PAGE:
Examination revealed a woman of small stature, 137 cm in height and weighing 52 kg. Airway examination revealed Mallampati III with a normal mouth opening, a reduced thyromental distance (3 cm) and inability to flex or extend the neck (Figure 1). She had thoraco-lumbar kyphoscoliosis and examination of the respiratory and cardiovascular system was unremarkable. Electrocardiogram was within normal limits as were haemoglobin, urea and electrolyte estimation. Radiography revealed fusion of atlanto-axial joint (flexion and extension views, Figure 2 ) and also fusion of lumbar vertebrae with associated scoliosis (Figure 3Cobb’s angle 25 degree) and Cobb’s angle 25 degree Figure 1. A 32 year old parturient with Klippel-Feil syndrome with a short webbed neck and severely restricted neck movements Figure 2. Radiograph of a Lateral view of cervical spine showing fusion of atlanto - occipital joint and cervical vertebrae Figure 3. Antero - posterior view of dorsal spine showing deviation of trachea and marked kyphoscoliosis of thoracic spine She was scheduled to have an elective Caesarean section. The anaesthetic management options in this case included either a general anaesthetic with an anticipated difficult endotracheal intubation or a regional anaesthetic. After discussion with the patient, we planned a general anaesthetic technique with awake intubation using a fibreoptic bronchoscope (FOB) as we considered this safe. For FOB through oral route was preferred due to narrow anterior nares. Oral Ranitidine 150 mg was administered as a premedication the night before and on the morning of the planned section. After institution of standard monitoring and securing two peripheral intravenous cannulae (18G & 16 gauges), the upper airway was anaesthetised with nebulisation of 4% Lignocaine (5 ml) and 10% Lignocaine spray to the posterior pharynx. The FOB was passed through the Berman airway by using a ‘spray as you go” technique to anaesthetise the larynx and upper trachea using 4% Lignocaine and keeping well below the toxic dose (3 mg/kg). A 6.5 mm ID endotracheal tube was rail roaded over the FOB prior to its insertion and the airway was successfully secured. Once position of the endotracheal tube was confirmed, anaesthesia was then induced using intravenous Thiopentone 200 mg, Alfentanil 0.5 mg followed by Rocuronium 25 mg. Anaesthesia was maintained using oxygen with nitrous oxide (1:1 ratio) and Sevoflurane (1 MAC). Patient was ventilated with intermittent positive pressure ventilation to maintain normocapnia. The surgery lasted for 45 min and was uneventful. Using a nerve stimulator for assessing neuromuscular blockade she was reversed with Neostigmine 2.5 mg and Glycopyrrolate 0.5 mg towards the end of surgery. The patient was extubated in supine, head-low position when fully awake and in presence of protective airway reflexes. Discussion Klippel-Feil syndrome is an inherited autosomal dominant condition. In 1912, Klippel and Feil 1 first reported on a patient with a short neck, a low posterior hairline, and severe restriction of neck movements due to complete fusion of the cervical spine. These features now constitute the classic clinical triad which is the hallmark of Klippel-Feil syndrome. A great number of other anomalies associated with Klippel-Feil syndrome may pose a threat to the patient than the obvious deformity of neck. The spinal deformities may cause difficulties with both tracheal intubation and regional anaesthetic techniques. Anaesthetic management may therefore be challenging in these patients. In our case we opted for a general anaesthetic technique rather than a regional technique because of the following reasons: firstly, the patient was not keen to have regional anaesthesia, secondly, it would entail difficulty for regional anaesthesia keeping in view the spinal fusion and scoliosis and thirdly, the dose of a single bolus of spinal anaesthetic would be difficult to judge in this patient and epidural anaesthesia 2 might prove technically difficult and is associated with an increased risk of inadvertent dural puncture and poor spread within the epidural space. This patient’s abnormalities posed problems for all the commonly used anaesthetic techniques for Caesarean section. General anaesthesia could be complicated by difficult intubation. While greater use of regional anaesthesia may have reduced the number of deaths due to failed intubation in obstetric practice, several complications of epidural and spinal anaesthesia may still require intubation as part of their management. Some of these include total or high spinal anaesthesia, inadvertent intravascular injection, overdose of local anaesthetic, anaphylaxis and failure. For these reasons, the choice of regional anaesthesia for a patient with known difficult airway does not necessarily bypass the problem of unanticipated intubation. The most commonly associated anomaly in a series of 50 patients from Delaware, USA 3 was scoliosis (60% of cases), renal abnormalities (35%), Sprengel deformity (30%), deafness (30%), synkinesia (20%) and congenital heart disease (14%). The most common heart disease variant was ventricular septal defect. Less commonly associated were ptosis, lateral rectus palsy, facial nerve palsy and upper extremity anomalies. There are 3 variants of Klippel-Feil Syndrome. 4 Type I is an extensive abnormality where elements of several cervical and upper thoracic vertebrae are incorporated into a single block. In Type II variant, failure of complete segmentation occurs at one or two cervical interspaces. Type III variant includes Type I or II deformities with coexisting segmentation errors in the lower thoracic or lumbar spine. The incidence of Type II abnormalities was found to be 0.71% of Black and Caucasian skeletons that were between the ages of 17 and 102 years in a study from St Louis, Missouri, USA 5 and it is considered to be the most common form. C2-3 and C5-6 are the interspaces usually involved. It often remains unrecognised since the neck may appear normal and the patients are asymptomatic until later in life, when they present due to their increased susceptibility to cervical osteo-arthritis. Patients with Type I abnormalities are 50 times less common than Type II but are reported more frequently. This is probably because they exhibit the classic triad and thus have bizarre appearances. 6 These patients are frequently disabled by birth injuries, or have major anomalies in other organ systems. A planned elective section at term was considered as the best option for delivery of the baby by the obstetricians due to severe cephalo-pelvic disproportion and also due to anaesthetic issues regarding management. The case was managed successfully with a favourable outcome both for the mother and the baby.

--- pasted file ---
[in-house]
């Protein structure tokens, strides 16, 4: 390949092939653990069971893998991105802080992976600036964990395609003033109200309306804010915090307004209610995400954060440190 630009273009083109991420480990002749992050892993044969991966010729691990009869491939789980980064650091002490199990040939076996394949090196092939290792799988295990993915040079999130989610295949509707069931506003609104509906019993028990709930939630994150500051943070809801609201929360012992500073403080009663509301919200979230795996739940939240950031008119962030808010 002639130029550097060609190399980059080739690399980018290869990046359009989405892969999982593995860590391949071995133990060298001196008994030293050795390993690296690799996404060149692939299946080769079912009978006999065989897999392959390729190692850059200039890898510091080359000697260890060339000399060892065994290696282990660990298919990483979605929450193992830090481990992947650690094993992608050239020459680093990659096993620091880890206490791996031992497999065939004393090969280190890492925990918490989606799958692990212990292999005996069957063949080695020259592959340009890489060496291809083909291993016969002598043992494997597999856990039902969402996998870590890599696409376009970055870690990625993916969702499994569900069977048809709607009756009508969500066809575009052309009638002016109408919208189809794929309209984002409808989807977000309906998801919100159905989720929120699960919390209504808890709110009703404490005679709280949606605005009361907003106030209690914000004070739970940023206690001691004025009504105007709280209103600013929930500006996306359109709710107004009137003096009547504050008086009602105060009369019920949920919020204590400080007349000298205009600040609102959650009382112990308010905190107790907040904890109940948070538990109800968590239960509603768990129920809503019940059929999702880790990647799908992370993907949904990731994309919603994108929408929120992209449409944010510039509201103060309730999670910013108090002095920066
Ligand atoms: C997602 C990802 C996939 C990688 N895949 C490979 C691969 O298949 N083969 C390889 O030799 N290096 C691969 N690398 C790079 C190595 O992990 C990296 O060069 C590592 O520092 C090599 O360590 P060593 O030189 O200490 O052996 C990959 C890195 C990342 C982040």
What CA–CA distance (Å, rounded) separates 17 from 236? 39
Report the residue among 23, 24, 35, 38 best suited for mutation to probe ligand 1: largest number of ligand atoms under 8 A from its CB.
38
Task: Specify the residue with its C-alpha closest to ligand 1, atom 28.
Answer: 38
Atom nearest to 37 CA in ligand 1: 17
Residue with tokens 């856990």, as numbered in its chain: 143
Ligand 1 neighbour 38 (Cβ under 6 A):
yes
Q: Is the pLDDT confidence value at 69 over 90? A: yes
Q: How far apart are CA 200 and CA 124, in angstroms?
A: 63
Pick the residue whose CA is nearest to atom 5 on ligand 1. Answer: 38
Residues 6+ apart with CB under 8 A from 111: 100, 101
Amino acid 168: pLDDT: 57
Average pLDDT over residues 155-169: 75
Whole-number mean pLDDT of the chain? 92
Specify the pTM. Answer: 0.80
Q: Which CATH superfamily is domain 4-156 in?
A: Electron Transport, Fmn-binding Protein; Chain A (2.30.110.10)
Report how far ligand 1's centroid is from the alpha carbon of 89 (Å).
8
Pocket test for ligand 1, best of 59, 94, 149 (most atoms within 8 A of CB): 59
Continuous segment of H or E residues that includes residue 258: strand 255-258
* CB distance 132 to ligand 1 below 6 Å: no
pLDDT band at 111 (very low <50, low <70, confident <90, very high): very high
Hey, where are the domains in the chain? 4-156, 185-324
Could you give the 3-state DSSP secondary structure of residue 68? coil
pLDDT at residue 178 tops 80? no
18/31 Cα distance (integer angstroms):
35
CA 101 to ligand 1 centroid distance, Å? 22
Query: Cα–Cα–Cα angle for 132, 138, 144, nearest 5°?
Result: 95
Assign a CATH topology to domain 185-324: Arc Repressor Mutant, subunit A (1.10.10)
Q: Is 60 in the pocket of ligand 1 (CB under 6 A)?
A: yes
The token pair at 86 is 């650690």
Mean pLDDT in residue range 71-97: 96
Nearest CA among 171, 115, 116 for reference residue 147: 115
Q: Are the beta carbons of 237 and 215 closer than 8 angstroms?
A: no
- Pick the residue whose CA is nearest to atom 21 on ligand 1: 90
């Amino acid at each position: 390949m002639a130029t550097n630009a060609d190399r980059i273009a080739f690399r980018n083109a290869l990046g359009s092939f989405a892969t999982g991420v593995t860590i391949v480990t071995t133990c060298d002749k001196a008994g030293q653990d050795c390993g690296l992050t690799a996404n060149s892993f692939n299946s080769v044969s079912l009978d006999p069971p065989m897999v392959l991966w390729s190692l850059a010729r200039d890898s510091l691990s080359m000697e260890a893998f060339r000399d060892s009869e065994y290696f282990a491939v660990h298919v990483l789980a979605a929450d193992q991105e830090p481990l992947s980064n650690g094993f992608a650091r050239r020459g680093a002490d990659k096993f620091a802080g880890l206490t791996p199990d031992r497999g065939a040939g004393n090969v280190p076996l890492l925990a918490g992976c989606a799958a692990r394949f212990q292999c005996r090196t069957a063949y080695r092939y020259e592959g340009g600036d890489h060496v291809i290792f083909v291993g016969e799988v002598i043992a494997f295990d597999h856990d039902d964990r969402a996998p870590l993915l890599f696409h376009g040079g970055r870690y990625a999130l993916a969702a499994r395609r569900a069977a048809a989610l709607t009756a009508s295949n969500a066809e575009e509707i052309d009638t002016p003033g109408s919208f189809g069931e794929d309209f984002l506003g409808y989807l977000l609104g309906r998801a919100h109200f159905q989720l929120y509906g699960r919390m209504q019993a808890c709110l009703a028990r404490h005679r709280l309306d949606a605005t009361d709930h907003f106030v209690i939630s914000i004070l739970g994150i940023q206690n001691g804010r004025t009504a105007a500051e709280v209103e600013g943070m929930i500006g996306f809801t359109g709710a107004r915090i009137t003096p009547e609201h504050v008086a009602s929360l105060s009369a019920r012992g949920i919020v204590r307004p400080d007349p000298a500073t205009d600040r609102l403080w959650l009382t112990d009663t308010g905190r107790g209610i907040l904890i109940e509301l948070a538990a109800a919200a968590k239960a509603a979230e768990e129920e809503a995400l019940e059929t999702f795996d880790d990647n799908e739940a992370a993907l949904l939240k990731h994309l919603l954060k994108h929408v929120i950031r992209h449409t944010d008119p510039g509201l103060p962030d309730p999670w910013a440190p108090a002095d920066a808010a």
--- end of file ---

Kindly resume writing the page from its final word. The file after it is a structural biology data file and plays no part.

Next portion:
<p>MK KADA VENKATA.MD, FRCA, FFARCSI. Consultant Anaesthetist, Ulster Hospital, Belfast, UK<br /> JAMEEL AHMED KHAN. MD, FCARCSI. Specialty Registrar Anaesthetics, Royal Victoria Hospital, Belfast, UK<br /> MUHAMMAD TAYYAB QURESHI. FFARCSI. Consultant Anaesthetist, Altnagelvin Hospital, Londonderry, UK<br /> ASIF QURESHI. MBBS. Staff Grade Anaesthetist, Altnagelvin Hospital, Londonderry, UK.<br /> IMTIAZ KAR. MBBS, MD. Staff Grade Anaesthetist, Altnagelvin Hospital, Londonderry, UK</p>
CORRESSPONDENCE: JAMEEL AHMED KHAN, ST-4 Anaesthetics, Royal Victoria Hospital, Belfast, UK